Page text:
As a former gym instructor, busy mother of two teenagers and non-smoker, 53-year-old Leanne Porter was the exemplar of good health.
Yet as she tried walking up a hill to her daughter’s school a year ago, she ran out of breath halfway and had to rest. With her lungs feeling leaden, she finally hailed a taxi to drive her the rest of the way.
“I felt like I was drowning, but without the water,” Leanne says. “All of a sudden I couldn’t do the simplest of tasks.”
Leanne has since been diagnosed with a degenerative lung disorder known as Idiopathic Pulmonary Fibrosis (IPF). Idiopathic means “cause unknown”, which is exceptionally worrying for patients and researchers alike.
What doctors know, sadly, is that the disease mostly proves fatal within two to three years of diagnosis. Two drugs that potentially slow the progress are not available on Australia’s Pharmaceutical Benefit Scheme, leaving lung transplantation as the only real alternative for those, like Leanne, who can withstand such major surgery.
“The lung tissue stiffens to the point where it has the same tensile strength as aluminium, so imagine trying to blow up a crushed soft-drink can with a straw. That's what it's like to breathe with end-stage IPF,” explains HMRI respiratory researcher Professor Darryl Knight.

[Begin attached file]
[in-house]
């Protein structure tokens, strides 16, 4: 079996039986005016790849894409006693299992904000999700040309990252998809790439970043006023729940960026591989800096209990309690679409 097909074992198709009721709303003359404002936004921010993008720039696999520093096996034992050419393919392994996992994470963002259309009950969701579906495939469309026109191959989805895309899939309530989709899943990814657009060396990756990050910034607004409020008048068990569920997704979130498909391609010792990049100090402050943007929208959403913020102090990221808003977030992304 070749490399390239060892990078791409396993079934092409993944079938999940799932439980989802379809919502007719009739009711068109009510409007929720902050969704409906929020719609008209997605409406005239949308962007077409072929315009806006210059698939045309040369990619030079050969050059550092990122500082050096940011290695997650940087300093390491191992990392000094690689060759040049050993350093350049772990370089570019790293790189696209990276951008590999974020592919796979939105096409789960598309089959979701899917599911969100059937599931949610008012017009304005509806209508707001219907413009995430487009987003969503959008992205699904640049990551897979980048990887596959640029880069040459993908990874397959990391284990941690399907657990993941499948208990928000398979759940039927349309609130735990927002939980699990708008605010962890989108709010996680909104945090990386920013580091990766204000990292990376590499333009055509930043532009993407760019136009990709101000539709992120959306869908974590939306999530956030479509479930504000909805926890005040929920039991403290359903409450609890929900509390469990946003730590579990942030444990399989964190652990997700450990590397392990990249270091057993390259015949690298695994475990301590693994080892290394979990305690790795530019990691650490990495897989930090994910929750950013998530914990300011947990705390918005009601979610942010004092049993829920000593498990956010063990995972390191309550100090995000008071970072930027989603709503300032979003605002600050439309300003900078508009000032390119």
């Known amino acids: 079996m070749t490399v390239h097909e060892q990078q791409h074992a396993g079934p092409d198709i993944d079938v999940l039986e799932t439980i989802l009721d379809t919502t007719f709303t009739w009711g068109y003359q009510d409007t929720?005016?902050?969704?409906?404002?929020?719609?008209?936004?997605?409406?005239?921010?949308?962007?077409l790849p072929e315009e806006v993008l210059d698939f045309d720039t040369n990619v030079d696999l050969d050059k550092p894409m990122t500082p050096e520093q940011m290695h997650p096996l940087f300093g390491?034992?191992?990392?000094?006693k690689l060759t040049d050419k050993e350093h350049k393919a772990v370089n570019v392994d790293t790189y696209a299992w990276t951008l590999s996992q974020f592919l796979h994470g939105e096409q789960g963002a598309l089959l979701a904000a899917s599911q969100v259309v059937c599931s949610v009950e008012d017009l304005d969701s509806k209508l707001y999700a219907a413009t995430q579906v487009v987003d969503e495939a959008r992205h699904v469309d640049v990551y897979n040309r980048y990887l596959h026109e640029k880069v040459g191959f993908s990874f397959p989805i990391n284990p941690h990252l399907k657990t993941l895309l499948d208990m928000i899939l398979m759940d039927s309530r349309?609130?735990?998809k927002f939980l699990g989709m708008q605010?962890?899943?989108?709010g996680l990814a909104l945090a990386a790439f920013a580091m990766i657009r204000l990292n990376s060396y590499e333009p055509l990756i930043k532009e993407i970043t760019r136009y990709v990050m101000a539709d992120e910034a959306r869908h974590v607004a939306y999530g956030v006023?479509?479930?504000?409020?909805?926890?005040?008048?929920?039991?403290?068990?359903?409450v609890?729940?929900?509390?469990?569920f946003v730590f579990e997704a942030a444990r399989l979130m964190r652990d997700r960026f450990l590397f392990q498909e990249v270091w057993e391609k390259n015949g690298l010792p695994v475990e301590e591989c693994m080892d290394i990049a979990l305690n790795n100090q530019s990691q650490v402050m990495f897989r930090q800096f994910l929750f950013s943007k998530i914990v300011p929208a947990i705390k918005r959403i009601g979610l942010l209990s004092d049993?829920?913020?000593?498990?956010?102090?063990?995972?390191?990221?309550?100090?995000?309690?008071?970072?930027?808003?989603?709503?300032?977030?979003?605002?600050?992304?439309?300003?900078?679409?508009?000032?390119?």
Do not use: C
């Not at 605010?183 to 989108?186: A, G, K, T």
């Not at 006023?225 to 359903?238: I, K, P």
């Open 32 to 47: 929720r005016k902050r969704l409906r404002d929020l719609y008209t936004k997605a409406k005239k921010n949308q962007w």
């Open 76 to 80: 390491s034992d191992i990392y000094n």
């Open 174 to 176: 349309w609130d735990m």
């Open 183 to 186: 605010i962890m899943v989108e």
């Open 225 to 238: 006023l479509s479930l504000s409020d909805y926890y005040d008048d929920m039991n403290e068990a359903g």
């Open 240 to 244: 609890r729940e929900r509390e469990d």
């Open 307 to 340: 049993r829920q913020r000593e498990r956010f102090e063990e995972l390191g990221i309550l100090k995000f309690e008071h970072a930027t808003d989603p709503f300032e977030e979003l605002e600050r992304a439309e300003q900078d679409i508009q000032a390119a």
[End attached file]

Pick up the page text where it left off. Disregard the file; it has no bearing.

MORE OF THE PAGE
“We think – and I stress, we think – there are a series of microscopic injuries to the lung that cause a wound response which just doesn’t stop. We’re now trying to understand how the disease progresses, using sophisticated proteomic imaging and genome sequencing.
“I'd like to think that we can repurpose existing drugs to fight IPF but I'm not ruling out developing a whole new range of therapies.”
While the disease is a devastating concern for Leanne's family she remains hopeful that new treatments can be found. “As a young mum I want to be around for a lot more years,” she says. “My daughters need me and, to be honest, I need them as well.”
IPF is one of many life-threatening conditions that urgently need more funding. You can help make life better for people like Leanne. Click here to donate today.